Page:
BBC Chairman Slammed By MPs Over Role In Boris Johnson Loan

Richard Sharp insisted his relationship with the former PM was "broadly professional".
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Under-fire BBC chairman Richard Sharp has denied giving Boris Johnson financial advice after MPs criticised his role in facilitating an £800,000 loan for the former prime minister.

Sharp has faced calls to stand down following reports that he helped broker the loan to ease the former prime minister’s financial difficulties.

The BBC chairman, who has donated hundreds of thousands of pounds to the Conservative Party, repeatedly denied that he helped to arrange the loan and insisted his relationship with Johnson was “broadly professional”.

He also said he had “never given financial advice to the former prime minister, he’s never asked for it, he never received it from me”.

“I didn’t arrange the loan,” he added.

Sharp was hauled in front of parliament’s Digital, Culture, Media and Sport (DCMS) Select Committee following weeks of accusations.

The Sunday Times reported last month that Sharp introduced Johnson’s distant multimillionaire cousin Sam Blyth — who proposed to act as the guarantor for a credit facility— to the Cabinet Secretary, Simon Case, in late 2020.

In January 2021, Sharp, a former Goldman Sachs banker, was announced as the government’s choice for the BBC role.

Sharp agreed with acting DCMS committee chairman Damian Green that he “acted as a sort of introduction agency” between his friend Blyth and Case.

When Green put this to the BBC chairman Sharp replied: “Exactly, what I did was ensured that due process and propriety was followed.”

He said he then “raised with Mr Blyth the fact that I’d submitted my application to be the chair of the BBC and that therefore to avoid a conflict, or perception of conflict, I could have – and we agreed – no further participation in whatever transpired whatsoever, and I didn’t.”

Sharp said his role in the discussion was to simply introduce Blyth to Case and to ensure that “due process and propriety was followed”.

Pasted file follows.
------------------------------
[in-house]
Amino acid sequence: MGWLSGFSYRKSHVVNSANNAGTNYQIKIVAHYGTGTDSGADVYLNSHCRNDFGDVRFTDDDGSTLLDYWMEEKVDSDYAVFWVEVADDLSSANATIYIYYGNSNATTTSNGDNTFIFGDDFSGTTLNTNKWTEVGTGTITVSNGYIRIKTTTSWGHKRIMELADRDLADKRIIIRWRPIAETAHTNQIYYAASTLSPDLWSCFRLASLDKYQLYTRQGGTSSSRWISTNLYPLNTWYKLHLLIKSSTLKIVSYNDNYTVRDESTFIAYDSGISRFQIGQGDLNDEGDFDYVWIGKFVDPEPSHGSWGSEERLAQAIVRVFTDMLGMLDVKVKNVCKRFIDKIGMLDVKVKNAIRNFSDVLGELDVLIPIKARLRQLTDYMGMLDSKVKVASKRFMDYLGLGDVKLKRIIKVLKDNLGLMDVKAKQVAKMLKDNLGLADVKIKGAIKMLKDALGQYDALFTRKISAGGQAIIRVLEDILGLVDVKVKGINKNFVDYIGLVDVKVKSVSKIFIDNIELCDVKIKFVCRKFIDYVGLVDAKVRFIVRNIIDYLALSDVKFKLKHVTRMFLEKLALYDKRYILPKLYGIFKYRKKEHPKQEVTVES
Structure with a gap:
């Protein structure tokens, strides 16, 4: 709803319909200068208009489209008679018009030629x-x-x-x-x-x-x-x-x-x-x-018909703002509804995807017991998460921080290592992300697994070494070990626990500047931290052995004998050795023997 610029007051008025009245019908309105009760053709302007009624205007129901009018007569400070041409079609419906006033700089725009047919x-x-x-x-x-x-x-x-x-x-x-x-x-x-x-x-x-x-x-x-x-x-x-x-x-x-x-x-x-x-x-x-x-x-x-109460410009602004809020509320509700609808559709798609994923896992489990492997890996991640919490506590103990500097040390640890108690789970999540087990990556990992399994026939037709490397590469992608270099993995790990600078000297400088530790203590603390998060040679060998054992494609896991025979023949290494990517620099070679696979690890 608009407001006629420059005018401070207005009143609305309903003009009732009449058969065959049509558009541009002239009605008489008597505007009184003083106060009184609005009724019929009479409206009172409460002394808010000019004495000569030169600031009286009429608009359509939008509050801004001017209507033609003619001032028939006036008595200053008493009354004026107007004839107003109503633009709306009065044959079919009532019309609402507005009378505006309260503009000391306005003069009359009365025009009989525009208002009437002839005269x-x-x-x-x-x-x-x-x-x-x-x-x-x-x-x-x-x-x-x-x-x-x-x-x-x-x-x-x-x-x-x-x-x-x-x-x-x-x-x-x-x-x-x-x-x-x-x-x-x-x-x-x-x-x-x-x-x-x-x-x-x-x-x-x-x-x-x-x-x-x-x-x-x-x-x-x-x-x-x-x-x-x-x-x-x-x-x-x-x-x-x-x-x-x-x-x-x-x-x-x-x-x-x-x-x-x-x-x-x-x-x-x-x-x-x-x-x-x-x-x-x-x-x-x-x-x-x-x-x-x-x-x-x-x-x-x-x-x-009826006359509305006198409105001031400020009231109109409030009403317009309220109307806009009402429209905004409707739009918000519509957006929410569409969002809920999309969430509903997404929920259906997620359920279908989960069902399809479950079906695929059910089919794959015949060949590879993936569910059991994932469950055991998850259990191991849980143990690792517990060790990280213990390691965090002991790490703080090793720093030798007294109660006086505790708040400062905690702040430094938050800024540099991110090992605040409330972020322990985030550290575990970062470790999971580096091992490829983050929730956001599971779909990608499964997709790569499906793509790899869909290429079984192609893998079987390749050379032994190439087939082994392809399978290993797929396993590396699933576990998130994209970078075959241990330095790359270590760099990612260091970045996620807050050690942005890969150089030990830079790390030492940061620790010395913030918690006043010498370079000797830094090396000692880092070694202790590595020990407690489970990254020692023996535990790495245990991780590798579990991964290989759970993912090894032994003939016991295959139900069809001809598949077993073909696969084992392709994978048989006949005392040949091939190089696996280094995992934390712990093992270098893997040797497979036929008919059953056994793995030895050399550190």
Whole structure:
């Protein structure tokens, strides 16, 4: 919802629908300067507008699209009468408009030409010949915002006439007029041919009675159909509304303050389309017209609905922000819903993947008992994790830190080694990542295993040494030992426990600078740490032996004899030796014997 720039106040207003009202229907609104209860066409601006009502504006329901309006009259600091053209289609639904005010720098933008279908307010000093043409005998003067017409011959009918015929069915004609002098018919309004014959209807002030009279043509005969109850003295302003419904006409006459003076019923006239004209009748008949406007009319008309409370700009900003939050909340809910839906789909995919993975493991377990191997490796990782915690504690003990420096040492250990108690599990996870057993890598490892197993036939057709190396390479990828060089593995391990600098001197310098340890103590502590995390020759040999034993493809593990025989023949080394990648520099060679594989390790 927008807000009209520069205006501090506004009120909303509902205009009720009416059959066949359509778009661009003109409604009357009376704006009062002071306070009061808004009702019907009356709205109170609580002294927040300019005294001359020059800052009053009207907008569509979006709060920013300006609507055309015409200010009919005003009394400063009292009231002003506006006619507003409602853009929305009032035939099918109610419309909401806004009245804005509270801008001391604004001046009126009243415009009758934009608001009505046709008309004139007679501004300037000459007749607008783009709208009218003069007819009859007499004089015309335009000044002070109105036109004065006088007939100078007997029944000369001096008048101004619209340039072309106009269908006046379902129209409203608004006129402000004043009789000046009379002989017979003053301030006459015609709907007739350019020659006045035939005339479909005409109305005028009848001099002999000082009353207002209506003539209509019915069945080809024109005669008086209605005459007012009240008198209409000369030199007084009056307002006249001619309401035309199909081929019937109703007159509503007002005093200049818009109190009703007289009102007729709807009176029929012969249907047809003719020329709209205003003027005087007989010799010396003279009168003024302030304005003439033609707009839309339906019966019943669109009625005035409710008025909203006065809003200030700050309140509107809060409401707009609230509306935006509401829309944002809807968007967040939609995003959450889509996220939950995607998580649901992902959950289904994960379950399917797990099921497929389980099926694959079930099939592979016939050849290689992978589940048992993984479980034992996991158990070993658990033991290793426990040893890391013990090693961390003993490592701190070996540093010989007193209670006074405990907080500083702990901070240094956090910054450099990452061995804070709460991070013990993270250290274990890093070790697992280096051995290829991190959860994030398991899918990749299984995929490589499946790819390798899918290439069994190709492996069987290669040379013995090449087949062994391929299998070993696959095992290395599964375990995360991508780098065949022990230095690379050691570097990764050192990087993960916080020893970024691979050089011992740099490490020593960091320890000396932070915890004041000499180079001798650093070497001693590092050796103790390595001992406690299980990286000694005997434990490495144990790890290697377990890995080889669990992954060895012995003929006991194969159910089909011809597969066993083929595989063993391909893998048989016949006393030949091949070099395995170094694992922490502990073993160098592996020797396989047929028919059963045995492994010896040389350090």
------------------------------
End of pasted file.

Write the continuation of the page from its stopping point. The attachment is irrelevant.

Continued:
Days before Sharp was announced as BBC chair, Case wrote to Johnson asking him to stop seeking “advice” about his financial affairs from Sharp.

The advice issued by Case said: “Given the imminent announcement of Richard Sharp as the new BBC chair, it is important that you no longer ask his advice about your personal financial matters.”

MPs on the DCMS select committee said the leaked memo, dated December 22 2020, contradicted Sharp’s statement that he had not provided Johnson with financial advice.

Asked about the memo, Sharp insisted the “phrasing was wrong”.

And pressed on whether he ever gave Johnson informal advice, Sharp replied: “No, our relationship is broadly professional”.

He also disclosed that he told Johnson that he “wished to apply to be the chair of the BBC”.

Sharp’s involvement in the saga has caused significant embarrassment at the BBC, which is holding its own internal investigation into whether there had been any breach of its conflict of interest rules.

Labour MP Kevin Brennan asked Sharp why he considered getting involved in the discussions in the first place.

“When Mr Blyth approached you about helping the prime minister, did you at any point consider — given the position and the fact that you were considering and then were actively pursuing the position of chair the BBC — did you actually at any point consider saying, simply, ‘sorry, I can’t help?’”

Sharp replied: “Knowing I’d had the conversation with him in September..clearly, you know, I could have said no.”

Brennan interjected: “Why didn’t you?”

“I felt that I could help ensure that due process was followed,” Sharp said.

Brennan continued: “Did you think of saying, ‘I can’t help because I’m in the middle of an appointments process for very high profile, public appointment — chair of the BBC which, by the way, the prime minister will have the final say over — what kind of an idiot do you think I am?’”

Sharp went on to say he felt his participation was to “ensure that due process was followed, and the rules were followed”.

Brennan hit back: “I’ll tell you what I would have said to him: I would have said firstly, it’s not my job to have anything to do with bailing out the prime minister and his personal finances and his unaffordable lifestyle.

“And I would have said, more importantly, ‘I’m a candidate for this key public appointment’.”

Elsewhere in the committee hearing, Sharp declined to say whether he would resign if a separate investigation by the public appointments watchdog criticises him for withholding information about his involvement in Johnson’s finances during his application for the BBC chairmanship.

Asked the question, he told MPs: “Well I’ll need to see what the inquiry produces.”

Sharp insisted he was “subject to a very rigorous interview process” and that he was appointed “on merit”.

He also said: “I regret the distraction this has caused, there’s no doubt about that.”


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